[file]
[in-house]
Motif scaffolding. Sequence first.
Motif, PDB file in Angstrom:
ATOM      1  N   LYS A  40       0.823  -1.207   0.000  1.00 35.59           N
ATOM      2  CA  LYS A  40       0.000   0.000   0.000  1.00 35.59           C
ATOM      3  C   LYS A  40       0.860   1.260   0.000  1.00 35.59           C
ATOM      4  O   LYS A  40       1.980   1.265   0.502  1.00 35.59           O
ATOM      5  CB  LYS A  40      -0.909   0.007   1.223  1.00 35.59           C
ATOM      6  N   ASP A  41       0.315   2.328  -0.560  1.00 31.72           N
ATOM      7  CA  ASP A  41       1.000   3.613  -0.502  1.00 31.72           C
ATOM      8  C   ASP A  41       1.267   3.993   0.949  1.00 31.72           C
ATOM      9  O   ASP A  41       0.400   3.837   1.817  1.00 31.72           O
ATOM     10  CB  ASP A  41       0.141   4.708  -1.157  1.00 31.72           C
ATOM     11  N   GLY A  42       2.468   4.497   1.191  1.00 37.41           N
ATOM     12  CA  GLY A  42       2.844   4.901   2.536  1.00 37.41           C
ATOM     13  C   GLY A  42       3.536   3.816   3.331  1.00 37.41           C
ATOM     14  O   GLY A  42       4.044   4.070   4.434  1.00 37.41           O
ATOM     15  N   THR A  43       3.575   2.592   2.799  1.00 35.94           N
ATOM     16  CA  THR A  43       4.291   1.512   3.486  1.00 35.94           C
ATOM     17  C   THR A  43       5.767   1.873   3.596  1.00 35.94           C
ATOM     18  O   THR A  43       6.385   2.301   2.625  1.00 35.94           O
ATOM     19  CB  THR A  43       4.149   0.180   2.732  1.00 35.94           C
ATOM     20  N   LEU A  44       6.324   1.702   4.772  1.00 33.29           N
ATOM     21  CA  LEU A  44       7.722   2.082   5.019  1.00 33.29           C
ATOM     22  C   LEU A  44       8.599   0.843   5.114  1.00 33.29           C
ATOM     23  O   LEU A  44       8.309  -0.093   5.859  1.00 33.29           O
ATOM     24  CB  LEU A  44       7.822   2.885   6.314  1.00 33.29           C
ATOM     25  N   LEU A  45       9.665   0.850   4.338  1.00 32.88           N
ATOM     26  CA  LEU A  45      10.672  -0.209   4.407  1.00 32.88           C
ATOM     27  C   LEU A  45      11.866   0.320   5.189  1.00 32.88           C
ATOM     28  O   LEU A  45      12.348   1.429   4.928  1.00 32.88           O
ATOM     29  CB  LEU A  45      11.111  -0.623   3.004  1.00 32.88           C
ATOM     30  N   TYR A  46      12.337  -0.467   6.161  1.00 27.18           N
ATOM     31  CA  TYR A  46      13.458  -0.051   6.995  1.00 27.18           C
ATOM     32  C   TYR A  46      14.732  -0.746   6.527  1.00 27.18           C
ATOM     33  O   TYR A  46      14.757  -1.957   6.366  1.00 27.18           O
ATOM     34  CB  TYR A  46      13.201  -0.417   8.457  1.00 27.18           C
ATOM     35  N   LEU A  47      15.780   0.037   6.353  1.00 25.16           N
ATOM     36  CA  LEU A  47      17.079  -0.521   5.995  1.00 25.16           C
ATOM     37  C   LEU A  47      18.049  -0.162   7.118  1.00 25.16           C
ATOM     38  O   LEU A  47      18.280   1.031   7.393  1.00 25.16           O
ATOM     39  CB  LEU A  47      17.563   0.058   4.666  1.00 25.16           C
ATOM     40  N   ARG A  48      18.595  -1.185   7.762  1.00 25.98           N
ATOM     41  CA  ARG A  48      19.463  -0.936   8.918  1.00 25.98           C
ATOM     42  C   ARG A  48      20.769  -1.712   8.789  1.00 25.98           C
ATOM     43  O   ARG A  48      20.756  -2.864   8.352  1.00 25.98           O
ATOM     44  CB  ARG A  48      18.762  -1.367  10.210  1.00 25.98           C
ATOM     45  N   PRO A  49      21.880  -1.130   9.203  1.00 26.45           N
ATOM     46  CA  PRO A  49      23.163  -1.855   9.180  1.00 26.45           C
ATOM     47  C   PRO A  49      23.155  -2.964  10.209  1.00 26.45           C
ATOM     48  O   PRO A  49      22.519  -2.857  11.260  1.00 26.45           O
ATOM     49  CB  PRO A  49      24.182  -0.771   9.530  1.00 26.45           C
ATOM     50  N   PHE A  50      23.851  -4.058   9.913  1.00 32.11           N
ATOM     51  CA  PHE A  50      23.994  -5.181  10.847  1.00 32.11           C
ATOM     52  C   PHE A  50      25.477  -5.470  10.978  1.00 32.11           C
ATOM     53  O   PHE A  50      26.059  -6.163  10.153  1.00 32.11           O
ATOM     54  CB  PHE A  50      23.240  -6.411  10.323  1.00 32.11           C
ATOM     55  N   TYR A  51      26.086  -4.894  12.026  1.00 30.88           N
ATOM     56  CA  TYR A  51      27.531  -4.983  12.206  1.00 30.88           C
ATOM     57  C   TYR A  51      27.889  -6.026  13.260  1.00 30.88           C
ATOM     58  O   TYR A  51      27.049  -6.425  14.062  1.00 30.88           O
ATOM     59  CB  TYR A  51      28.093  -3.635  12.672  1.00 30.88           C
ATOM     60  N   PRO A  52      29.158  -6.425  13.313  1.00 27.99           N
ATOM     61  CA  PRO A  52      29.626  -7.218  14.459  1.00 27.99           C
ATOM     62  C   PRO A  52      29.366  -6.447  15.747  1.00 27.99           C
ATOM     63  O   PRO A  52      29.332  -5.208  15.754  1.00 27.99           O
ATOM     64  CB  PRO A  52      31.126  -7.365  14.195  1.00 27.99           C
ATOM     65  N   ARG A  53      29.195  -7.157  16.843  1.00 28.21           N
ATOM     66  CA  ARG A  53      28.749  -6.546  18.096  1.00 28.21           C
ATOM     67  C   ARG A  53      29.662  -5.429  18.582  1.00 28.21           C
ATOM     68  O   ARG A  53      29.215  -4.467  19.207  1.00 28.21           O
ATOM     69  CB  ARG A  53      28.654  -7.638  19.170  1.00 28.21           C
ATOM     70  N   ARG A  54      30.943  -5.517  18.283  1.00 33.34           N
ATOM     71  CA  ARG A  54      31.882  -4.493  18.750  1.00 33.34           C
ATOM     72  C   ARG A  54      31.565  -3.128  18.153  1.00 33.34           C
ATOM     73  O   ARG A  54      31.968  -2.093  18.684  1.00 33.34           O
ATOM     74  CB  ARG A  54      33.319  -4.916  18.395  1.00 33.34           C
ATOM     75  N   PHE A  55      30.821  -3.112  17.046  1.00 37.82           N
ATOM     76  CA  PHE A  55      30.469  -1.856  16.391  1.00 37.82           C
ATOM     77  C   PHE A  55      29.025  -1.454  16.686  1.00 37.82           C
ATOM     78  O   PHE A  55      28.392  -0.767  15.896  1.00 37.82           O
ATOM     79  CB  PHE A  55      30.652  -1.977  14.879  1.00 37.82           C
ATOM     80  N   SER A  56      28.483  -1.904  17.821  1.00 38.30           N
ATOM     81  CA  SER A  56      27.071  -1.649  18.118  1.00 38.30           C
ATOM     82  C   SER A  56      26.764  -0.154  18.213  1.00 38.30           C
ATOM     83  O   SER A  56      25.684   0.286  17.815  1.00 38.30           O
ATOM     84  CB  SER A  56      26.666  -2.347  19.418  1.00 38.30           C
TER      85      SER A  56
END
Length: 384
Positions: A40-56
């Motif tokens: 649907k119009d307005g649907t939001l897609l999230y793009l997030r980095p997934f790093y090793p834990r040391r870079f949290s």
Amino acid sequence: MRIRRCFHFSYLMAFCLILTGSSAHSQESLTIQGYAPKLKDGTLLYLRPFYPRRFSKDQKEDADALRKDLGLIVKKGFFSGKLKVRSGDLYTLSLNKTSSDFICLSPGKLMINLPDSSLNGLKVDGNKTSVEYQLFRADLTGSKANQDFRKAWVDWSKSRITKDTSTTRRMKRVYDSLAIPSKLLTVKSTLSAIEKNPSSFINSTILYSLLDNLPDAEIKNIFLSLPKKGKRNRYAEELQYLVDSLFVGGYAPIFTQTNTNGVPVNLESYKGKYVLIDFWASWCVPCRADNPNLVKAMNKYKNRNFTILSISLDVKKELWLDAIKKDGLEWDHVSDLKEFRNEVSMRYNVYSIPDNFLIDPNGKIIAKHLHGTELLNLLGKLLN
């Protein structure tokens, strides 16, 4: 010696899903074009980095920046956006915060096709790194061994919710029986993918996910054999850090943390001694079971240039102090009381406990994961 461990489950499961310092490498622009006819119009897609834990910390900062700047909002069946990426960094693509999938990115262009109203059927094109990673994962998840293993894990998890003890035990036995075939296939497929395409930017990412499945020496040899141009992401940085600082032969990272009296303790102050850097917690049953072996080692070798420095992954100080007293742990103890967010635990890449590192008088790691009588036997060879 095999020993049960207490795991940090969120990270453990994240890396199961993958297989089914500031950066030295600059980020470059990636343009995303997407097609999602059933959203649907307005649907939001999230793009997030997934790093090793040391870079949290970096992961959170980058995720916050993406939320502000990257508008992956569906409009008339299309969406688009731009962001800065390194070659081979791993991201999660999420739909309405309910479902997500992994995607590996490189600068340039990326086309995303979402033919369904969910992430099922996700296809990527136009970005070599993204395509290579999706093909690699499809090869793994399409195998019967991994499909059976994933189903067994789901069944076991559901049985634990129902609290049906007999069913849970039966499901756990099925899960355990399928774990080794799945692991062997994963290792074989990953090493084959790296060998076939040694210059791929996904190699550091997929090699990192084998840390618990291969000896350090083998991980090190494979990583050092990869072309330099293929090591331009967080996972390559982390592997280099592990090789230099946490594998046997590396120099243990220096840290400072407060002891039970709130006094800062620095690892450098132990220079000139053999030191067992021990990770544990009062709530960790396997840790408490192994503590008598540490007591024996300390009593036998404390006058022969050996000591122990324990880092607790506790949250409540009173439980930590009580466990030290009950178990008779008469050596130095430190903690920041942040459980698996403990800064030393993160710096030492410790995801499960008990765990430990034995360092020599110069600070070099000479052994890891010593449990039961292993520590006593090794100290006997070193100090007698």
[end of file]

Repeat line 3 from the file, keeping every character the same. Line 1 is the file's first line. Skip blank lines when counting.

Motif, PDB file in Angstrom: